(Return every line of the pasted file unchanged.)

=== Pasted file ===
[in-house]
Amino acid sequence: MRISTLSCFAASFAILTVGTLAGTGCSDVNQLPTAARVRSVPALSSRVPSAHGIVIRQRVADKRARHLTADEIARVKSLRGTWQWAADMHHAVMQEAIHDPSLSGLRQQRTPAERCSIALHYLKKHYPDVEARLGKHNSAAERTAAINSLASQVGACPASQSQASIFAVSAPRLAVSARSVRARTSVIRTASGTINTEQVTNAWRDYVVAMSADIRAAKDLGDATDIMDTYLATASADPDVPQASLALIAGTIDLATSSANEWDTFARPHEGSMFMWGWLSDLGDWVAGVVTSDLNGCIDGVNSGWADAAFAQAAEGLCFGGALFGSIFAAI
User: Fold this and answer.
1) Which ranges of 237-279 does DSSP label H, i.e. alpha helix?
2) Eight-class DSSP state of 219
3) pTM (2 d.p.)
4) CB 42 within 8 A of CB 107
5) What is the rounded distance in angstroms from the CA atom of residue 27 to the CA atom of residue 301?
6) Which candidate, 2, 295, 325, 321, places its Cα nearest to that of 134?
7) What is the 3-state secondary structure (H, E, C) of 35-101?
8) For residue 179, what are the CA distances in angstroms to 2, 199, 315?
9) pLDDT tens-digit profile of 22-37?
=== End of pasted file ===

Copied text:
[in-house]
Amino acid sequence: MRISTLSCFAASFAILTVGTLAGTGCSDVNQLPTAARVRSVPALSSRVPSAHGIVIRQRVADKRARHLTADEIARVKSLRGTWQWAADMHHAVMQEAIHDPSLSGLRQQRTPAERCSIALHYLKKHYPDVEARLGKHNSAAERTAAINSLASQVGACPASQSQASIFAVSAPRLAVSARSVRARTSVIRTASGTINTEQVTNAWRDYVVAMSADIRAAKDLGDATDIMDTYLATASADPDVPQASLALIAGTIDLATSSANEWDTFARPHEGSMFMWGWLSDLGDWVAGVVTSDLNGCIDGVNSGWADAAFAQAAEGLCFGGALFGSIFAAI
User: Fold this and answer.
1) Which ranges of 237-279 does DSSP label H, i.e. alpha helix?
2) Eight-class DSSP state of 219
3) pTM (2 d.p.)
4) CB 42 within 8 A of CB 107
5) What is the rounded distance in angstroms from the CA atom of residue 27 to the CA atom of residue 301?
6) Which candidate, 2, 295, 325, 321, places its Cα nearest to that of 134?
7) What is the 3-state secondary structure (H, E, C) of 35-101?
8) For residue 179, what are the CA distances in angstroms to 2, 199, 315?
9) pLDDT tens-digit profile of 22-37?